Language of the heart

Over the last week I pondered what theme I should choose for the worship in our English speaking service this evening. Several songs that the Lord brought to my mind had a similar topic – God as our refuge in times of troubles. When I took another look at the song texts I was surprised to see that basically all of them

  • use words taken from the Psalms, and
  • include some kind of imagery, describing God as our shelter, a fortress, a refuge, a safe tower, a high rock, a hiding place, an armor, a shield, – and my favorite one – the shadow of his wings.

This reminded me of something I had heard from Leanne Payne – symbols are the language of our heart. They speak to us in a deep way that no heady teaching can.

No wonder that these songs usually speak to me. Praise the Lord for those Psalm writers who first crafted the words out of their own experience, and for the song writers who used them for these songs!

One of my favorite songs is the following from Hillsongs Australia:

Hide me now
Under Your wings
Cover me
Within Your mighty Hand.

When the oceans rise and thunders roar
I will soar with You above the storm
Father, You are King over the flood
I will be still and know You are God

Find rest my soul
In Christ alone
Know His power
In quietness and trust

Praying that it blesses you, too.

What is normal?

I am reading in 2 Corinthians at the moment. There are all kinds of things that speak to me and seem to be relevant to my situation. Possibly the most important insight happened this week, when I meditated on 2 Cor 6:4.

I patiently endure troubles and hardships and calamities of every kind.

This sentence is prefaced with the remark that Paul shows in everything that he is a true minister of God. Following this, Paul writes about several kinds of problems which he endured and through it proofed that he is a minister of God. But is this normal?

It nearly sounds as if Paul considers it normal to have problems!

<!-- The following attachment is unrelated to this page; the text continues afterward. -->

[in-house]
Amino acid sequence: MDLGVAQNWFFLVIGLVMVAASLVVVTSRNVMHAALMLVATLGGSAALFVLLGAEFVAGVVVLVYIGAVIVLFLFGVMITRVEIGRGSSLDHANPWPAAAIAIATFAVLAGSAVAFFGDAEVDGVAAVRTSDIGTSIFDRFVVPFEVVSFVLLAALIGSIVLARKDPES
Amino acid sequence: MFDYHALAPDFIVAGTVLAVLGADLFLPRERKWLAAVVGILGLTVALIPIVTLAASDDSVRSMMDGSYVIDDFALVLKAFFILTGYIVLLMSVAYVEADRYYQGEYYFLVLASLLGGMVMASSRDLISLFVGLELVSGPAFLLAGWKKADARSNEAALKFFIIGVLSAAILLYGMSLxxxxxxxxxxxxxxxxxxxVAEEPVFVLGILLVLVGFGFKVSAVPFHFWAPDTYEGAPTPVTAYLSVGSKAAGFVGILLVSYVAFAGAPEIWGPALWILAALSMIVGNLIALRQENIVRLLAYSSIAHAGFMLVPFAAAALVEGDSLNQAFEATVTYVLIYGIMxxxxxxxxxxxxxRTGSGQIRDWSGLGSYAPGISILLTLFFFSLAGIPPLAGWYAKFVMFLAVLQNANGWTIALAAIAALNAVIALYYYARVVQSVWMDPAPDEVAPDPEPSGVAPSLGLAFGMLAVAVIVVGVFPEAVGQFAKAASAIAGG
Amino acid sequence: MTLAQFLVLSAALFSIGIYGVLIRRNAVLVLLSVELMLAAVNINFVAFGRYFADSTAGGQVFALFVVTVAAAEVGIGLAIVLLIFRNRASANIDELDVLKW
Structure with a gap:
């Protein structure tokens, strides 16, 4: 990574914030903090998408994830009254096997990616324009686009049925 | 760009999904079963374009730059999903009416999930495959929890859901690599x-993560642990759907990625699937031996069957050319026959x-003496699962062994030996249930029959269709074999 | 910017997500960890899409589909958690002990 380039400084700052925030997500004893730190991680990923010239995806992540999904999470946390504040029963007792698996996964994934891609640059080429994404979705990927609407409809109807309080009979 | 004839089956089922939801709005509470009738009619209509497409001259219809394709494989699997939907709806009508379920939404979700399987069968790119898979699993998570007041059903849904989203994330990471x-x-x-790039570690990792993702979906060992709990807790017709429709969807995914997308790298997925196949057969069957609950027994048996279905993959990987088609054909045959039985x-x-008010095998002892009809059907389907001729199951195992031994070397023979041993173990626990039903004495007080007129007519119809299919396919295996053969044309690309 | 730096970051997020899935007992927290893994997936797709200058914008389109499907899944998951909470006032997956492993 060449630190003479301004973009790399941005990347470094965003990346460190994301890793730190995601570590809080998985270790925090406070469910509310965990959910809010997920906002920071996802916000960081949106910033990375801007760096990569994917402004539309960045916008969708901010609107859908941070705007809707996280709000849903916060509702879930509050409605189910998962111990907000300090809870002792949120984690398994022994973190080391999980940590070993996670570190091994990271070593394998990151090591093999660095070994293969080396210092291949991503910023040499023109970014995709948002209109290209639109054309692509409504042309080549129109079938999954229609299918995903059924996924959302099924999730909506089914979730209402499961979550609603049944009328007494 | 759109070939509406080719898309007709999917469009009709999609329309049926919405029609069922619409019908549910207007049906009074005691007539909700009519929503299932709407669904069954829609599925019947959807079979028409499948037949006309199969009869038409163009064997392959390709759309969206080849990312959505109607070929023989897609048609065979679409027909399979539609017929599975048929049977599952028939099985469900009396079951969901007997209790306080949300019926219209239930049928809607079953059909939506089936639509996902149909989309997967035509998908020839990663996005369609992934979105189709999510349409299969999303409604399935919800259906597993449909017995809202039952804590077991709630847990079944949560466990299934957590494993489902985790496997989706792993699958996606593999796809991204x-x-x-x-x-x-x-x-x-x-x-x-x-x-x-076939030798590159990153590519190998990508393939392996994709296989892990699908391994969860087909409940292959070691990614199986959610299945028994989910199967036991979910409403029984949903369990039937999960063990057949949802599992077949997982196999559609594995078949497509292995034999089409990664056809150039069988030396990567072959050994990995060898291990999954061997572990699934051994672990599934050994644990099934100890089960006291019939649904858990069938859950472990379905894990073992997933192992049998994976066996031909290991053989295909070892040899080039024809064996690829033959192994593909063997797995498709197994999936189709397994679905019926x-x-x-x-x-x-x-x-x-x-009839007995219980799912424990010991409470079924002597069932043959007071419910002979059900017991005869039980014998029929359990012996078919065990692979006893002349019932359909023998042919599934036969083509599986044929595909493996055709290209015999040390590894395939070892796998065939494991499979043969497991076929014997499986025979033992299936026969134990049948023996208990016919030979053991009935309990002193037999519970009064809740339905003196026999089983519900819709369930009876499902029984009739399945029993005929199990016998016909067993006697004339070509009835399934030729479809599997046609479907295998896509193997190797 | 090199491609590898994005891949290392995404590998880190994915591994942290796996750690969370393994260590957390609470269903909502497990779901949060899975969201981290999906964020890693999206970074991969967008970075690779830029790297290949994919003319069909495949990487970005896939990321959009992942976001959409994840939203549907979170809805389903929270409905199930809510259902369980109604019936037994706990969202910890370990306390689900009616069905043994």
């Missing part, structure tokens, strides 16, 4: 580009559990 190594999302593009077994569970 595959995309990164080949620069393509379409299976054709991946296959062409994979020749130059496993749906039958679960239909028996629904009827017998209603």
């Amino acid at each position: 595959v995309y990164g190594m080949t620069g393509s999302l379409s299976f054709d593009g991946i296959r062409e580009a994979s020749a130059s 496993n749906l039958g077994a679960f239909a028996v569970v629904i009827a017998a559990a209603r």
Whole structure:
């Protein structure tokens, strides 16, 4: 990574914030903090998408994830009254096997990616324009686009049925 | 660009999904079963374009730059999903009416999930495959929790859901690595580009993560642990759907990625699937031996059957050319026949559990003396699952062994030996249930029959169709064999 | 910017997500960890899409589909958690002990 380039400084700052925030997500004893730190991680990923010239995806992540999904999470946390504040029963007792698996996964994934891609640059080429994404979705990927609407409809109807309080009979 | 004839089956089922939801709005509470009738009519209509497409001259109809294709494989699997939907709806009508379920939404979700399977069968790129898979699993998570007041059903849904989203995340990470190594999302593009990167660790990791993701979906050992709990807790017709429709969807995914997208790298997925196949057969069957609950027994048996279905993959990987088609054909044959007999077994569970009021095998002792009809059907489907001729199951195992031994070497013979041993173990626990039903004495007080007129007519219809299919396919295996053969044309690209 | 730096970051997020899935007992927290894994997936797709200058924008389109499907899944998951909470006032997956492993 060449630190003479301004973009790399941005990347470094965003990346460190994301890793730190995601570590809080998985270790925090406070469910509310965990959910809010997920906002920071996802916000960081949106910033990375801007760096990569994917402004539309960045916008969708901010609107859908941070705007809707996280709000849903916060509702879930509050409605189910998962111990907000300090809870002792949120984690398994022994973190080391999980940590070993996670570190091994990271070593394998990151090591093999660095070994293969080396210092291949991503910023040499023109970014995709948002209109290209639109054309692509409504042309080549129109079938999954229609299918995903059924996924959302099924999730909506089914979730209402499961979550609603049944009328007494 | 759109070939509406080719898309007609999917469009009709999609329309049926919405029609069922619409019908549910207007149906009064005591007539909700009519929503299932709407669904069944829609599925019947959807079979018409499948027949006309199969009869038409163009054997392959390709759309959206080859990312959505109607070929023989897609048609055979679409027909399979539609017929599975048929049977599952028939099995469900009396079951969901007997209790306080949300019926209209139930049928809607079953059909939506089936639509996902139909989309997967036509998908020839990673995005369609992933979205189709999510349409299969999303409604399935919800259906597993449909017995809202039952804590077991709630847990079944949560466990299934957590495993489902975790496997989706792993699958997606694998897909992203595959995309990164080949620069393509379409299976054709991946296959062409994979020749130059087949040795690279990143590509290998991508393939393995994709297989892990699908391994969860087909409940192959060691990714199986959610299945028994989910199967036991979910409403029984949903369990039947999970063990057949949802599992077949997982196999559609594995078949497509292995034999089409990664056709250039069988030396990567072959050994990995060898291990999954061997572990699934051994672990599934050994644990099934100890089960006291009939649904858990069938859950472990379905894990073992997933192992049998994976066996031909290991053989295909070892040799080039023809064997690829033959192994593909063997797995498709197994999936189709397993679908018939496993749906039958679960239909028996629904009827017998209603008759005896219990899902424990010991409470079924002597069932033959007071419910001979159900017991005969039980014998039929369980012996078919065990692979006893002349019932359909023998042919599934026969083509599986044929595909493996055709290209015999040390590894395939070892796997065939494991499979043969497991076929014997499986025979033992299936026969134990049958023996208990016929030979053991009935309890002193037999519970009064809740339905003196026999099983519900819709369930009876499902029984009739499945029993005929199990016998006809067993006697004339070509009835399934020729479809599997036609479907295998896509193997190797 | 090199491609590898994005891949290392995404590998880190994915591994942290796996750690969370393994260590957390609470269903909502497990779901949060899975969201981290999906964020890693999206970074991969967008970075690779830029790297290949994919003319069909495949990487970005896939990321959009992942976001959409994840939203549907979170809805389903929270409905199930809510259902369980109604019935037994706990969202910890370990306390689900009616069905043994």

This is in stark contrast to what I want to experience – a more or less stress-free and unproblematic life, or at least low stress and less affected by problems than what I experienced, e.g., during the last two years. Already two chapters earlier Paul mentions a whole list of unpleasant adversities that he experienced (2 Cor 4:8-12), and in the first chapter he mentions problems that were really beyond his ability to endure (2 Cor 1:8).

I am wondering how anybody can endure that? I guess the answer is given in 2 Cor 6:7 – “God’s power is working in me”. This is one of the marks of and a recommendation for a minister of God that Paul mentioned – not to live in our human strength but in the inner strength that comes from God (2 Cor 4:16). Again and again he states – that is why he never gives up (2 Cor 4:1, 16). Wow!

I still find this hard to stomach – does this really mean that we are to consider problems as something normal? I don’t like this. I am light-years away from this attitude.

Slowly I am realizing that I was off base and made things more difficult for myself when I rebelled inwardly against difficulties. I did this more often than not during the last two years. This has probably only resulted in wasting my energy where I could not accept problems and resisted them. Slowly it dawns on me – some things might have developed differently if I had accepted problems as a normal part of my life.Especially in one case (I am slowly realizing) did I really waste my energy, when God seemed to speak to me about something unpleasant, incomprehensible. I just could not imagine this really being God’s will, and accordingly I refused to accept it. Looking back, I can see that I really burnt myself out over it and how this has probably contributed to my general exhaustion.Of course, nobody enjoys problems, but there seems to be a difference if I accept them with a weary smile, or if I am getting upset about them and rebelling against them.How often during the lat two years have I waited for my life to become “normal” again. Under “normal” I meant no or at least less difficulties. However, if I consider as “normal” a life with problems (such as Paul does), I will encounter them with a different attitude. Even if I don’t know what lays around the next corner, problems won’t hit me with their full force and catch me completely flat-footed. I am more likely to endure them and they won’t unsettle me as much. If my strength is not sufficient, then I can still trust that Jesus lives in me and gives me his strength. When I don’t see a purpose in the negative things, it is also helpful to remember that God promised to “work all things out for good”, that he will use even negative things for our good (Ro 8:28). [By the way, I don’t know if you ever noticed, it does not say that God takes away negative things or that he will turn negative things into positive things, but that he will use them for our good.]Along these lines, I hope that in the future I will encounter problems with a new attitude. I am already curious what God will make out of it.

God speaks through pain

When I wrote the last entry, I was reminded of a quote that has become very important to me about 10 years ago. Since then I have often quoted it and reflected upon it.